The lawsuit, citing the detective, says that Apple uses facial recognition software to identify shoplifters. The company declined to comment on the lawsuit itself; it would say only that it doesn’t use such technology in its stores.
Bah said his interim driver learner’s permit, which does not have a photo, had been either lost or stolen. His attorney told The Washington Post that the permit may have been presented as identification at an Apple store, erroneously connecting Bah’s name with the thief’s face in the company’s security system. That means every time the perpetrator walked into an Apple store, his face would register as Bah, the attorney said.
Bah had been charged in multiple jurisdictions, including Delaware, Massachusetts, New Jersey and New York, according to the lawsuit. Three of the cases have been dropped, the suit said, but the one in New Jersey is still pending. An N.Y.P.D. spokeswoman told The Post that the case in New York has been sealed and that she cannot provide information about it.
As for the Massachusetts case, the lawsuit said, Bah had never set foot in Boston before his arraignment. He even claimed to have an ironclad alibi: He was attending his senior prom in Manhattan on the day the Boston store was hit.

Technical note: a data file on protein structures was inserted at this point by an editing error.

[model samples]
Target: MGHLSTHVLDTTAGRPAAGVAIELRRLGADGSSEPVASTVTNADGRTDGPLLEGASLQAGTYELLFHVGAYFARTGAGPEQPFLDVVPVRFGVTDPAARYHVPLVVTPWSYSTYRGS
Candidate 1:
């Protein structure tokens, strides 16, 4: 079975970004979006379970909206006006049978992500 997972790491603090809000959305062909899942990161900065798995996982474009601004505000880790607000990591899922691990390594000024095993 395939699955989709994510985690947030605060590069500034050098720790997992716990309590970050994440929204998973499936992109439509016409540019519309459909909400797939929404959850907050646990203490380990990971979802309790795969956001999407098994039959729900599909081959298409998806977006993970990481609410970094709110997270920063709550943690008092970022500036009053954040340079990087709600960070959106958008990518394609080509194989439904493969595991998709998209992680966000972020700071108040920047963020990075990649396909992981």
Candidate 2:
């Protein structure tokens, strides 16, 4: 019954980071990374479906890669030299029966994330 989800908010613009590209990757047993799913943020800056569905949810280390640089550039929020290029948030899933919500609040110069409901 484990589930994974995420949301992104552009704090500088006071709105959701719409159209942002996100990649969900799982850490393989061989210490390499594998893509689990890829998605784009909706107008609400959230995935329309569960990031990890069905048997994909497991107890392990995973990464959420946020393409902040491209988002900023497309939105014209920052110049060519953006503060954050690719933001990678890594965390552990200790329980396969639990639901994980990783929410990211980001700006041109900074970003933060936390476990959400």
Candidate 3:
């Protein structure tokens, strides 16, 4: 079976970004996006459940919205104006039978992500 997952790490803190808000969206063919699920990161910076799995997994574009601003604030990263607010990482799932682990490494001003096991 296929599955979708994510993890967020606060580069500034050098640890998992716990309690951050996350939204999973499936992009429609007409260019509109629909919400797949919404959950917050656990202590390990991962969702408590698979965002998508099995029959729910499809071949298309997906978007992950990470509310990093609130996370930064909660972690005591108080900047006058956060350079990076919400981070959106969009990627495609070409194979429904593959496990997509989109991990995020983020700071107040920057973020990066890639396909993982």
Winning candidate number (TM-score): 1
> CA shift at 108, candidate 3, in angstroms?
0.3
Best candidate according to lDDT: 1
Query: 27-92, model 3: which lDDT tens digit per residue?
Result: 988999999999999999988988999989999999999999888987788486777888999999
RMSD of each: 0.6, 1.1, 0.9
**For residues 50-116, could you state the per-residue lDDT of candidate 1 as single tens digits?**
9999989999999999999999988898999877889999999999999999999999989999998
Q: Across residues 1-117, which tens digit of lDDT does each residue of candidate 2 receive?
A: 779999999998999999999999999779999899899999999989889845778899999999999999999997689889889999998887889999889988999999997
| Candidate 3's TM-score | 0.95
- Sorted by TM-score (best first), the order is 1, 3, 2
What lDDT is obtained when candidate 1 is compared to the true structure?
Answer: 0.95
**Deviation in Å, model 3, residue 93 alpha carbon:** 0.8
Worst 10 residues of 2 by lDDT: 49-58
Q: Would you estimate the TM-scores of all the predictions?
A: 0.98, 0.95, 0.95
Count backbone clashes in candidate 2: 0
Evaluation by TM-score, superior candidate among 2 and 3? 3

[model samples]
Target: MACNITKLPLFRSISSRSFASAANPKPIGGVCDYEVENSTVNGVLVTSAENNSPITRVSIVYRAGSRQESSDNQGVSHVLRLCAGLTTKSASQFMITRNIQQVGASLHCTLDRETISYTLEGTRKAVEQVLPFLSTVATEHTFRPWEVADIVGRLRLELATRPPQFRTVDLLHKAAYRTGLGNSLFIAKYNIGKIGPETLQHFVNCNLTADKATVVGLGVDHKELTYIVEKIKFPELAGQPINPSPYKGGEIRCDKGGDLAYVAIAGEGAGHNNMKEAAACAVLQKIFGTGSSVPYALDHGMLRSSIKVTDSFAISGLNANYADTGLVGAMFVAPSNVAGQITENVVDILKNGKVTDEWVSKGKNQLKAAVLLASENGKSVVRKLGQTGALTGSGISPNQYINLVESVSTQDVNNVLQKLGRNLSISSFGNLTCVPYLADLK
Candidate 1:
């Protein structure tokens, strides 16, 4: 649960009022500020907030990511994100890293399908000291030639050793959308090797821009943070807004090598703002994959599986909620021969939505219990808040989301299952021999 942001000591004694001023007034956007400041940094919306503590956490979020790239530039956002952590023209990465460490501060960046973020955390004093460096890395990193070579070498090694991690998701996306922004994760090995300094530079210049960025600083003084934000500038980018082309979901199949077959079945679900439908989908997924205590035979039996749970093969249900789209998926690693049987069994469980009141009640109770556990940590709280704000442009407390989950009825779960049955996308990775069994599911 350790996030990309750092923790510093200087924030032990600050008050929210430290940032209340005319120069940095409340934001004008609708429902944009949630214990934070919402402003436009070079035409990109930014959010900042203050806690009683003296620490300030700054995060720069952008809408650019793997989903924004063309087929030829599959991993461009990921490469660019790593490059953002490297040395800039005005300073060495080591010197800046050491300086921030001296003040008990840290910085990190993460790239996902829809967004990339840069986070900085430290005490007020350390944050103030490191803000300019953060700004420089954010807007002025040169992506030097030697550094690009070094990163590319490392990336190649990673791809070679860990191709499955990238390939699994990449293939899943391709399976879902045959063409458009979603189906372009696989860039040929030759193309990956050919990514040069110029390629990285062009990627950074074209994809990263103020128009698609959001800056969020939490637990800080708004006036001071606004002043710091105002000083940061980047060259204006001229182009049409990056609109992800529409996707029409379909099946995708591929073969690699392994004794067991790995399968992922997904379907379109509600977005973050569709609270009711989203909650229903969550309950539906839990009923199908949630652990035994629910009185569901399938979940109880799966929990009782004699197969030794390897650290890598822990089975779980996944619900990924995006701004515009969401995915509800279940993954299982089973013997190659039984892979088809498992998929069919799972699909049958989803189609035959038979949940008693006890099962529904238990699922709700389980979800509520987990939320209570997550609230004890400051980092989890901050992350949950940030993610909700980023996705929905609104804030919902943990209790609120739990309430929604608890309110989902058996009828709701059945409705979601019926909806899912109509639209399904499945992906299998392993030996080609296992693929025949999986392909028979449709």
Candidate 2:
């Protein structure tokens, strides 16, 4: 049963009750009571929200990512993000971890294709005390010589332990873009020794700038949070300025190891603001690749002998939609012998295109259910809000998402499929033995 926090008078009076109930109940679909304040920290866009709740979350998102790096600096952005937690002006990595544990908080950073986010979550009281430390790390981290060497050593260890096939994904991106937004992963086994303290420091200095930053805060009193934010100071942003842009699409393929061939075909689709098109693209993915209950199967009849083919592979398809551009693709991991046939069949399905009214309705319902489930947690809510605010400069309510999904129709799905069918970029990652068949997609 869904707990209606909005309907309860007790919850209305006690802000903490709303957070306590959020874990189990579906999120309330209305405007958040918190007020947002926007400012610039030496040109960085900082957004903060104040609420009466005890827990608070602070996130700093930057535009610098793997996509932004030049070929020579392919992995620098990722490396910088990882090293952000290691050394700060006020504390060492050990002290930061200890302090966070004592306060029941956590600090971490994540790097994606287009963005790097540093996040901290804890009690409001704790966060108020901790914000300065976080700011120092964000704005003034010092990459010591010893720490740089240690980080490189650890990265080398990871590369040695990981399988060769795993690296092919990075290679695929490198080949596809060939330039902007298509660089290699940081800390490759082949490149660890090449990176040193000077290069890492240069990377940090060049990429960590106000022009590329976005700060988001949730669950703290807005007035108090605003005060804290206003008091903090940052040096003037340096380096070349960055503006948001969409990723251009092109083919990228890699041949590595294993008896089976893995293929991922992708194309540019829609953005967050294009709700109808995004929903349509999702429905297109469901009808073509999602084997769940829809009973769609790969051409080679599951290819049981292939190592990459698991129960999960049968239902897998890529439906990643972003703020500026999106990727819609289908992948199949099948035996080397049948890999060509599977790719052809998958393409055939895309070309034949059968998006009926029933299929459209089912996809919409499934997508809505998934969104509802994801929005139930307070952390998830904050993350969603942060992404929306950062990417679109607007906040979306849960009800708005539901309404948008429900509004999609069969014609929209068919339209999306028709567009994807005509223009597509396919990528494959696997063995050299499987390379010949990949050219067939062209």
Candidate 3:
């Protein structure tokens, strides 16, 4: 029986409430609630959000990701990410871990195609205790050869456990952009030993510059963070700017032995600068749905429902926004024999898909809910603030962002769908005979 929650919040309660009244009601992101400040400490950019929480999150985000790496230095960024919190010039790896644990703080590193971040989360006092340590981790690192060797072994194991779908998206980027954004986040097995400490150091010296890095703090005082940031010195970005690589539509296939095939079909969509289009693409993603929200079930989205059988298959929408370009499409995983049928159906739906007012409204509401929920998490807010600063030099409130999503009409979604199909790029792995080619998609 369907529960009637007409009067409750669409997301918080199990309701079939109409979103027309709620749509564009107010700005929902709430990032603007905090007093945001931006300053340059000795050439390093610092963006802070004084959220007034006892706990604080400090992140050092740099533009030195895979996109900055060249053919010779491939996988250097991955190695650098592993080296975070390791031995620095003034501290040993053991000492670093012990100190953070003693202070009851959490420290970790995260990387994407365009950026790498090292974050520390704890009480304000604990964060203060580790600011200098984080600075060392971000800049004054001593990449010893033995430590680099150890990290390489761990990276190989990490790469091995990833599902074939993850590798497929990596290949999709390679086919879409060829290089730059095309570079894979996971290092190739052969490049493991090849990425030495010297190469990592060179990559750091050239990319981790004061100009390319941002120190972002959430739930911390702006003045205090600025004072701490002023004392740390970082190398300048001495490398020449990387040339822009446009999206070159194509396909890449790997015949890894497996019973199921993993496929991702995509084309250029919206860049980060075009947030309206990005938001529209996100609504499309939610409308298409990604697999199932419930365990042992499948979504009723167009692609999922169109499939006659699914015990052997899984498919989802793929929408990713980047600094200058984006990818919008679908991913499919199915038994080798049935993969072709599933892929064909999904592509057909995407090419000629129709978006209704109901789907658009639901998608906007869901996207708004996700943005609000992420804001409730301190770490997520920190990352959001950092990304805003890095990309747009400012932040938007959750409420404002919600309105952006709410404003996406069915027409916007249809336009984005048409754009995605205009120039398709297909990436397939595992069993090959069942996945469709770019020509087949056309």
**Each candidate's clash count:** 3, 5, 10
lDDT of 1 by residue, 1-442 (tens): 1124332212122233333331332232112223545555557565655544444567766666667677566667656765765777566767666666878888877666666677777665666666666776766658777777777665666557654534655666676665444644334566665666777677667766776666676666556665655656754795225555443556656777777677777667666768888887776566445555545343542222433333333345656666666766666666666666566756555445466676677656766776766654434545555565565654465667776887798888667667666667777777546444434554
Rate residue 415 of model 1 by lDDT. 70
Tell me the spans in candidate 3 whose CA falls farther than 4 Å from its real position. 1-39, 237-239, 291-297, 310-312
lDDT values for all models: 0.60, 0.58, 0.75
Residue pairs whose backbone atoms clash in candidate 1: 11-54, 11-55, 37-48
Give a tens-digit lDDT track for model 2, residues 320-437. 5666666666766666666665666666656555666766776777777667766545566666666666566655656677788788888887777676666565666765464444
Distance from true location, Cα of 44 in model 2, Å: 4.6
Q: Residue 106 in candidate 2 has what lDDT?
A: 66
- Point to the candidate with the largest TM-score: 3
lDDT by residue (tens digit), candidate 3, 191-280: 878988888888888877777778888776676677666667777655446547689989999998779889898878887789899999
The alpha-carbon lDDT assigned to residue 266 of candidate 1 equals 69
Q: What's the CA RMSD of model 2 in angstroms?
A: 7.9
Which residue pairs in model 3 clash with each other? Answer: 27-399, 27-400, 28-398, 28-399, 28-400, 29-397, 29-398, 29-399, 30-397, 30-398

The lawsuit alleged that Bah “was forced to respond to multiple false allegations which led to severe stress and hardship in his life, and also significant damage to his positive reputation that he had put so much effort into upholding.”
The lawsuit seeks damages of $1 billion, a declaration that Apple “wrongfully and baselessly damaged” Bah’s reputation, and a court order compelling Apple to “address the mistake in the stored data” that links Bah’s identifying information to the company’s facial recognition technology.
The lawsuit was filed in the U.S. District Court for the Southern District of New York.